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Five books you should read this fall

From high fantasy to memoirs, here are 5 books to add to your autumn reading list

Originally published November 9, 2021 by Zoe Isett, Staff Reporter

This article contains discussions of suicide, sexual assault and violence that may be triggering for some readers.

The official cover of Know My Name, which discusses sexual assault and the justice system.

1. Know My Name, by Chanel Miller (The Elliott Bay Book Company, $18)

Previously known to the world as Emily Doe in a highly publicized Stanford assault case in 2016, Chanel Miller reclaims her identity in her deeply moving memoir. Miller’s depiction of the exhausting, and often traumatic, process of reporting assault not only highlights the faults of the American justice system but also exposes cultural biases against victims that are all too common. Her courageous and powerful story has inspired thousands of survivors to come forward with their experiences.

“You have to hold out to see how your life unfolds, because it is most likely beyond what you can imagine. It is not a question of if you will survive this, but what beautiful things await you when you do.” —Chanel Miller, Know My Name

2. Malibu Rising, by Taylor Jenkins Reid (Secret Garden Books, $28)

Reid’s most recent novel spans the course of one day, August 27, 1983, as the famed Riva siblings throw their epic end-of-summer party. The party is typically chaotic, glamorous, and filled with drunk A-list celebrities, but, as the night goes on, the plot alternates between the current-day party and the Riva family’s past, where the closely-guarded secrets of the Riva siblings come to light. Reid’s picturesque depiction of Malibu in the 1980s, as well as the complicated family dynamics between the Rivas, made this book especially notable.

3. A Thousand Ships, by Natalie Haynes (Phinney Books, $27.99)

Short-listed for the Women’s Prize for Fiction, A Thousand Ships takes the classic story of the Trojan War and retells it from a new perspective, one often ignored and brushed aside. Haynes reimagines ancient Greek literature, including Homer’sThe Iliad, to give life to the previously overlooked women of the Trojan War. Her reinvented female characters are clever, humorous, complicated, and most importantly, human. The various themes of this novel are remarkably relevant, and portray human trafficking and sexual assault in an accurate and thoughtful manner, making this story a particularly meaningful read.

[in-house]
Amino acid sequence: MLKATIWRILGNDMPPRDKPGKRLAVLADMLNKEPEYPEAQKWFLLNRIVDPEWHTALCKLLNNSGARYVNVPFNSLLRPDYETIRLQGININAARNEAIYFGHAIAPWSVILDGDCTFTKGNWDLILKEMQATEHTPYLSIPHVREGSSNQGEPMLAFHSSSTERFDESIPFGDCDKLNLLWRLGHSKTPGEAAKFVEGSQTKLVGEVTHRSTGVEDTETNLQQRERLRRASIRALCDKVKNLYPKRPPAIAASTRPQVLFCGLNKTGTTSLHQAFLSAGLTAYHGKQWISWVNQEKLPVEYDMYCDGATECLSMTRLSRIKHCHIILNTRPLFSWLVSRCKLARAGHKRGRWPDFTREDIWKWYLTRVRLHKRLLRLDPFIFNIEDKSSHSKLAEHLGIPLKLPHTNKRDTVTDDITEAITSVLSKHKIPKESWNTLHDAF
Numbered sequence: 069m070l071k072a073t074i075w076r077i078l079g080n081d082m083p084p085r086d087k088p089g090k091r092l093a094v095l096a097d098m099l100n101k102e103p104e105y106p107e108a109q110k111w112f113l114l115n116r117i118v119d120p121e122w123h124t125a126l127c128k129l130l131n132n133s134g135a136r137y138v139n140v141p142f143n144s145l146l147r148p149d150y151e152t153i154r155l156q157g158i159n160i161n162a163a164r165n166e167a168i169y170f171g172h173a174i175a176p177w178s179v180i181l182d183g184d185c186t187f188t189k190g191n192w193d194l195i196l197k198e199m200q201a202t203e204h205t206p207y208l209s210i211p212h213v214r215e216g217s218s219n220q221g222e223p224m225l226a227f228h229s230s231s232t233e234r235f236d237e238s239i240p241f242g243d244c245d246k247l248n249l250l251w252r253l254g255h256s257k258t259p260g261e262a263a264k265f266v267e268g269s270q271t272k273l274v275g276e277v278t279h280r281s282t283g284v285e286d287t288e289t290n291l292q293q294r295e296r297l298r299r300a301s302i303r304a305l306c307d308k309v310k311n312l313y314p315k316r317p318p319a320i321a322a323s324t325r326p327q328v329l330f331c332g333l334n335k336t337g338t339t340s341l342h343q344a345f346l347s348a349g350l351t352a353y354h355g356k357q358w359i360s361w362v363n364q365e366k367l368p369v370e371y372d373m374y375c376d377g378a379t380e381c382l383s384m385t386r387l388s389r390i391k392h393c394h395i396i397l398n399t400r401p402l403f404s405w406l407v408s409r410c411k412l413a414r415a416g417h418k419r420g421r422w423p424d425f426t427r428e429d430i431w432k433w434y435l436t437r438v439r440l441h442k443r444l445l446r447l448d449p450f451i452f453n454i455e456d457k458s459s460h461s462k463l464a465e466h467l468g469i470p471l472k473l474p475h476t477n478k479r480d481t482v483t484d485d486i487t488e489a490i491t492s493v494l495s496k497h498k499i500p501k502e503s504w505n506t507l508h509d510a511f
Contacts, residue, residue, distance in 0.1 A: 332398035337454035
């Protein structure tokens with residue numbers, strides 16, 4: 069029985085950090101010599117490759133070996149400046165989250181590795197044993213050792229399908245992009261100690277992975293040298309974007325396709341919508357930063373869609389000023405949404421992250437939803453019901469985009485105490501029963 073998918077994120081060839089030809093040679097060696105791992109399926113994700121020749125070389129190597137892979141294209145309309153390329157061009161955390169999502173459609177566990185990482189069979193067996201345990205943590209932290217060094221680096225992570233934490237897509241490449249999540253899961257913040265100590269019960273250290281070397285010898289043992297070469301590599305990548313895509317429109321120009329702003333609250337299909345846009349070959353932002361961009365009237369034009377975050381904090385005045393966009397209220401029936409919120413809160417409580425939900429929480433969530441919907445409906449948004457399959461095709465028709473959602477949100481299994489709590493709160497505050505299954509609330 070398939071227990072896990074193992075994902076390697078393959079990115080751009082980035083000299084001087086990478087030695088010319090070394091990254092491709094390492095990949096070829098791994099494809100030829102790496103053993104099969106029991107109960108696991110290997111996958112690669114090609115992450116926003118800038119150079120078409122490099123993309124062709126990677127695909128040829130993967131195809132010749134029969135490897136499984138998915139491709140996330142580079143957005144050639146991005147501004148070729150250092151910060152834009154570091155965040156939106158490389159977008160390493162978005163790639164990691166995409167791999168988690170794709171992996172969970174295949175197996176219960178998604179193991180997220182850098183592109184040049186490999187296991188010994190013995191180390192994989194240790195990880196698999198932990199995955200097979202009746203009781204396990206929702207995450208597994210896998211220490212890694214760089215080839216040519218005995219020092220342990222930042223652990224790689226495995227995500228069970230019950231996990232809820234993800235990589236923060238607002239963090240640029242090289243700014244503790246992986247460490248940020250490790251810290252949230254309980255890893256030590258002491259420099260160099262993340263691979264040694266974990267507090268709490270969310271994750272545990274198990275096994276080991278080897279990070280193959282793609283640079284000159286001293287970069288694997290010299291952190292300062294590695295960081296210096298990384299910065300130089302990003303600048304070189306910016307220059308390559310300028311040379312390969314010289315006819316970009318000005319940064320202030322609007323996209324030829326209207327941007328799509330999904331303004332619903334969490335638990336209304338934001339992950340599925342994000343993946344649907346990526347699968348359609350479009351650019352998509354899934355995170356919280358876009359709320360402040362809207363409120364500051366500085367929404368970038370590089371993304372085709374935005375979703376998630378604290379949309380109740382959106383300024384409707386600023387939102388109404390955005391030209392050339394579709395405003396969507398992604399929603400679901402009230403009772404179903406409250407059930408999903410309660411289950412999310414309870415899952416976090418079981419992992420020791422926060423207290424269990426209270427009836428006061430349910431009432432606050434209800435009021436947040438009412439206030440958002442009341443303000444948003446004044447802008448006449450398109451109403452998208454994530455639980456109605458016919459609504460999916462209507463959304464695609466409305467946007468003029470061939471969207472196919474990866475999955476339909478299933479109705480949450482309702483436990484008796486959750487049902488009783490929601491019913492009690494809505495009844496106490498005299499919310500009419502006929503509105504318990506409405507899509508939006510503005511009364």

The cover of The Priory of the Orange Tree, a fantasy novels that puts a spin on patriarchal societies by making women the ones in power.

4. The Priory of the Orange Tree, by Samantha Shannon (Phinney Books, $20)

Samantha Shannon’s The Priory of the Orange Tree takes place in a fantasy realm, with warring kingdoms, forbidden magic and, of course, dragons. The plot follows four “storytellers,” each of whom is incredibly well-developed, diverse, and individually enjoyable. Although the lengthy 800+ page count makes this book appear rather intimidating, Shannon’s skillful world-building creates a complex and unique setting while keeping the reader simultaneously entertained. Shannon also includes an interesting reversal of modern day patriarchal structures, placing women at the center of her novel and its world’s politics.

5. Ninth House, by Leigh Bardugo (Third Place Books Ravenna, $17.99)

Bestselling YA author Leigh Bardugo’s first adult novel, Ninth House, is mysterious, creepy, and thrilling. The book follows high school drop-out Galaxy “Alex” Stern as she navigates her new life at Yale University. However, Alex is not your average college student, nor is Yale the picture-perfect Ivy League school many may expect. Alex has been recruited for her unique ability to see ghosts by the elusive Ninth House and takes on the task of overseeing the dangerous activities of the secret societies of Yale. Alex is drawn into a rather gruesome world of powerful magic, making this book a perfect choice just in time for Halloween.

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Five books you should read this fall